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Tuesday, April 6, 2010

J-Hey delivers amid immense expectations


New Braves outfielder Jason Heyward is just like any other 20-year-old kid.

There's just one exception: EVERYTHING.

A 6'4" 220-pound kid, Heyward stands out from the crowd based on his physical stature alone – not to mention the fact that he's one helluva a baseball player.

Deemed Major League Baseball's top prospect in late January, the Braves right fielder quickly became the wet dream of unemployed 30-somethings across the state. Thousands of these Braves groupies emerged from their parents' basement yesterday to see for themselves what they'd been dreaming and hearing about for months.

Although some athletes might crumble under the pressure of stepping into the batters box for the first time with 53,081 sets of eyes focused directly on them, the kid who can't even legally buy a beer lived up to all the hype.

On a 2-0 pitch from Chicago Cubs pitcher Carlos Zambrano, Heyward set off an eruption that hasn't been heard inside Turner Field--or any other Atlanta sports venue for that matter – in decades.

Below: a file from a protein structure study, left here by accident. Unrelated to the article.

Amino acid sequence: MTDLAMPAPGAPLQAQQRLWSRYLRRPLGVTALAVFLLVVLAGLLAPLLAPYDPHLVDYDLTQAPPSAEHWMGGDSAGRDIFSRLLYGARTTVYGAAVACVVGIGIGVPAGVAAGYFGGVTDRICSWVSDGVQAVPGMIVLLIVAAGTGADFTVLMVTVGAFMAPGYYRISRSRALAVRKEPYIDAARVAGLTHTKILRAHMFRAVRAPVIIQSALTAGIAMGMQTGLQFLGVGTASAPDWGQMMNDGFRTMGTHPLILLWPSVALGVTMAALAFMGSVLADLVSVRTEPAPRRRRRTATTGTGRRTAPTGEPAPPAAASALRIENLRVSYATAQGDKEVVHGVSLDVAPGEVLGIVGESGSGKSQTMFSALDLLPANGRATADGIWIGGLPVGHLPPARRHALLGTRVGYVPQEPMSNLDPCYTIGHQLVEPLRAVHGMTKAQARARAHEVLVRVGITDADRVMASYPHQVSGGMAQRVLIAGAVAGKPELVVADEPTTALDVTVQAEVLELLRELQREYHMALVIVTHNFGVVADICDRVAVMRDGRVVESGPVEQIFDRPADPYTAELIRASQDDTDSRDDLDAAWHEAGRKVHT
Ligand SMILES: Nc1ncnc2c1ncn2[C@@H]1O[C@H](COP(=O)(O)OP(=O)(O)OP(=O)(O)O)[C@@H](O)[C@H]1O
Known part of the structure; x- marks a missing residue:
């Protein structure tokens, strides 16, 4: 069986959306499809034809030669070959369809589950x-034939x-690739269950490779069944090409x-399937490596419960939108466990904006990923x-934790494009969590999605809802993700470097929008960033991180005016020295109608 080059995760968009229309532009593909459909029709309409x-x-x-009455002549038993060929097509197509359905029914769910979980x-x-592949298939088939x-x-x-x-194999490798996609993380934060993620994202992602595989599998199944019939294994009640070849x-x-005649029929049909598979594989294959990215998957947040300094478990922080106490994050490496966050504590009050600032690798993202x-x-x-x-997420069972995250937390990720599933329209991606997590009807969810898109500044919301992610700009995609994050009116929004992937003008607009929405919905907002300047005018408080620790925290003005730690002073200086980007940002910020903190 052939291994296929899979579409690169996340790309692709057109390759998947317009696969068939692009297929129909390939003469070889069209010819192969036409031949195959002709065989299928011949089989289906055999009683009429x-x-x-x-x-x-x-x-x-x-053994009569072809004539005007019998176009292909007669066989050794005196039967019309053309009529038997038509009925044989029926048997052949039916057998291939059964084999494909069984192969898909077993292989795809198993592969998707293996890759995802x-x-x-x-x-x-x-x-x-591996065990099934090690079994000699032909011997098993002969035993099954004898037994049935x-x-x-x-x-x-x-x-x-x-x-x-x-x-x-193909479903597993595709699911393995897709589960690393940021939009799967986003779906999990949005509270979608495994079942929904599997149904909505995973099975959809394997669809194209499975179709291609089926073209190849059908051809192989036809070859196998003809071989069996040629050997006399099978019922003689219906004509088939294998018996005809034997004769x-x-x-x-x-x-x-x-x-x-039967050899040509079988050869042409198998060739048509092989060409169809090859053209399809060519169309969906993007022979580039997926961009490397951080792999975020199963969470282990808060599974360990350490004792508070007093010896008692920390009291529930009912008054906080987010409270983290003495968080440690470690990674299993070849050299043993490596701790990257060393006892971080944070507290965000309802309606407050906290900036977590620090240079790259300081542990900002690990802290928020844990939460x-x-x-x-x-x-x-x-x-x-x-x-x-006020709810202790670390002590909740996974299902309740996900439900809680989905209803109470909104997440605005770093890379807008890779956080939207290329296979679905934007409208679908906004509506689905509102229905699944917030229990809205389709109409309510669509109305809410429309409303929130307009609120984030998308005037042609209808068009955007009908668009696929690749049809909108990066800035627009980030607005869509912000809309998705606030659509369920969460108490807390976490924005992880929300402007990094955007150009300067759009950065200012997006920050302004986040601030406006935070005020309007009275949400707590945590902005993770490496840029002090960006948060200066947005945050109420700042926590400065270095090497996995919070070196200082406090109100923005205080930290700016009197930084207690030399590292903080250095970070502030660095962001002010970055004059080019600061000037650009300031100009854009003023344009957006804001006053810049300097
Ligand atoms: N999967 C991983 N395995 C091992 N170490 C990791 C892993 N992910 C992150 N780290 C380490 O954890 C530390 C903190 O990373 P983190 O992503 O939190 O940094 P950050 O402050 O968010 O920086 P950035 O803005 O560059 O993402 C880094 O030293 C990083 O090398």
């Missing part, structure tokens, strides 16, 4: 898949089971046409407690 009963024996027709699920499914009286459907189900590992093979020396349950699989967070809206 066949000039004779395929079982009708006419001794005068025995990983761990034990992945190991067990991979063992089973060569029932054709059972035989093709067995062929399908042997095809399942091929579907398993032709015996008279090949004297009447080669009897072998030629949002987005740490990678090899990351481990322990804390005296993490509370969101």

Heyward--channeling his inner-Babe Ruth--belted a line drive home run into the Braves bullpen and the resulting orgasmic energy that flowed throughout the stands was almost biblical (I hope using the words "orgasmic" and "biblical" in the same sentence doesn't ruffle anyone's feathers).

Expectations such as the ones that accompany Heyward usually breed disappointment--(cough) Jeff Francouer--but what happens when these great expectations are met--nay, exceeded?

Heyward isn't the first Braves rookie outfield prospect to hit a home run in his first at-bat. In fact, he's not even the first Brave to do so in the last 364 days.

Just last season, a then 22-year-old Jordan Schafer hit his first career home run in his Major League debut.

Schafer would then go on to bat just .204 while striking out 63 times in his next 166 at-bats before being sent down to Triple-A affiliate Gwinnett in June of 2009. Every middle-aged jersey wearer and Chipper Jones' leg-humper is simply praying that Heyward does not succumb to a similar fate.

Whether or not Jason Heyward lives up to his billing as "The Next Great Ballplayer" is irrelevant at this point--let's just bask in his premature greatness, shall we?

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